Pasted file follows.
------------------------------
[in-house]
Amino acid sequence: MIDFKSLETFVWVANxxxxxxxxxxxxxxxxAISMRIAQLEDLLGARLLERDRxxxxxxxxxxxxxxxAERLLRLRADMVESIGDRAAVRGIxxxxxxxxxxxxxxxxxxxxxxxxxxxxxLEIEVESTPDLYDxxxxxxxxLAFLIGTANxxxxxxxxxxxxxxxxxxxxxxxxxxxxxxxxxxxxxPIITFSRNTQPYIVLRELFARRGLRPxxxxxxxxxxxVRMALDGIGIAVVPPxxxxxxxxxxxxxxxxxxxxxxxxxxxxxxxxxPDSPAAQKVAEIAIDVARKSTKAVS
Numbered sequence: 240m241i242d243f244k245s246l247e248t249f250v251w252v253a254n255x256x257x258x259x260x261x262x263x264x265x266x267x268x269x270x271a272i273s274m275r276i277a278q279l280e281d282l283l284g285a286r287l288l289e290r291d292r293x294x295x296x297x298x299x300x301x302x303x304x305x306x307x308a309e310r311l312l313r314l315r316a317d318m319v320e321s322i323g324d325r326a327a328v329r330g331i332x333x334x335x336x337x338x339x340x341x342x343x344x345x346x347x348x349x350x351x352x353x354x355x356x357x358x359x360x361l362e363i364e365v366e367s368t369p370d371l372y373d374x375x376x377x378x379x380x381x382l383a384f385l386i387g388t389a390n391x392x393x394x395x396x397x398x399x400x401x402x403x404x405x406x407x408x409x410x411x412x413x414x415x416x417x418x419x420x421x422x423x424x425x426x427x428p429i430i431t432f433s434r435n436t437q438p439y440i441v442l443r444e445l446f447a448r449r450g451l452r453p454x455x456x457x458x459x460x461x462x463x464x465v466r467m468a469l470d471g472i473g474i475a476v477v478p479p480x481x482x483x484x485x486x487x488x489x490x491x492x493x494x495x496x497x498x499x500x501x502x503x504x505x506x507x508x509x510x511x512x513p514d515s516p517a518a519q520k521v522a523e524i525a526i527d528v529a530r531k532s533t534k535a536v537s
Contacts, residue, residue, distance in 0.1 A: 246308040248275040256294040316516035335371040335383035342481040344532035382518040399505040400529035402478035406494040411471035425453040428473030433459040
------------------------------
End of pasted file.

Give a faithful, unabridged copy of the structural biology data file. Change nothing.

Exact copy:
[in-house]
Amino acid sequence: MIDFKSLETFVWVANxxxxxxxxxxxxxxxxAISMRIAQLEDLLGARLLERDRxxxxxxxxxxxxxxxAERLLRLRADMVESIGDRAAVRGIxxxxxxxxxxxxxxxxxxxxxxxxxxxxxLEIEVESTPDLYDxxxxxxxxLAFLIGTANxxxxxxxxxxxxxxxxxxxxxxxxxxxxxxxxxxxxxPIITFSRNTQPYIVLRELFARRGLRPxxxxxxxxxxxVRMALDGIGIAVVPPxxxxxxxxxxxxxxxxxxxxxxxxxxxxxxxxxPDSPAAQKVAEIAIDVARKSTKAVS
Numbered sequence: 240m241i242d243f244k245s246l247e248t249f250v251w252v253a254n255x256x257x258x259x260x261x262x263x264x265x266x267x268x269x270x271a272i273s274m275r276i277a278q279l280e281d282l283l284g285a286r287l288l289e290r291d292r293x294x295x296x297x298x299x300x301x302x303x304x305x306x307x308a309e310r311l312l313r314l315r316a317d318m319v320e321s322i323g324d325r326a327a328v329r330g331i332x333x334x335x336x337x338x339x340x341x342x343x344x345x346x347x348x349x350x351x352x353x354x355x356x357x358x359x360x361l362e363i364e365v366e367s368t369p370d371l372y373d374x375x376x377x378x379x380x381x382l383a384f385l386i387g388t389a390n391x392x393x394x395x396x397x398x399x400x401x402x403x404x405x406x407x408x409x410x411x412x413x414x415x416x417x418x419x420x421x422x423x424x425x426x427x428p429i430i431t432f433s434r435n436t437q438p439y440i441v442l443r444e445l446f447a448r449r450g451l452r453p454x455x456x457x458x459x460x461x462x463x464x465v466r467m468a469l470d471g472i473g474i475a476v477v478p479p480x481x482x483x484x485x486x487x488x489x490x491x492x493x494x495x496x497x498x499x500x501x502x503x504x505x506x507x508x509x510x511x512x513p514d515s516p517a518a519q520k521v522a523e524i525a526i527d528v529a530r531k532s533t534k535a536v537s
Contacts, residue, residue, distance in 0.1 A: 246308040248275040256294040316516035335371040335383035342481040344532035382518040399505040400529035402478035406494040411471035425453040428473030433459040